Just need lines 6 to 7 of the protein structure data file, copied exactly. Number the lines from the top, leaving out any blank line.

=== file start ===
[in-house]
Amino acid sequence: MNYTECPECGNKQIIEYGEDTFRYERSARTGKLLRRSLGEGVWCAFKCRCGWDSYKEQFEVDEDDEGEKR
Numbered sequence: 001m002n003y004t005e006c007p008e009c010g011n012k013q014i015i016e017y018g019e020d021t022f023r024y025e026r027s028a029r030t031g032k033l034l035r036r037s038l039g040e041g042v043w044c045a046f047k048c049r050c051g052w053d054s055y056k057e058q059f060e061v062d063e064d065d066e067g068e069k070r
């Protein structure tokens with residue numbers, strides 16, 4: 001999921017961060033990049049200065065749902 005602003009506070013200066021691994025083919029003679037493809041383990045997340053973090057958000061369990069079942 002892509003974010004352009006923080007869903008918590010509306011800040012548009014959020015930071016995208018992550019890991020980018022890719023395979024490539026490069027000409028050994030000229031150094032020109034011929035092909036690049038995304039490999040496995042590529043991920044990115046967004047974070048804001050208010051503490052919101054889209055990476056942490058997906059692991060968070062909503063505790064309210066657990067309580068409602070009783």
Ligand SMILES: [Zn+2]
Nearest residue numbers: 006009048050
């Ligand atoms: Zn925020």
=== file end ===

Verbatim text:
Nearest residue numbers: 006009048050
């Ligand atoms: Zn925020």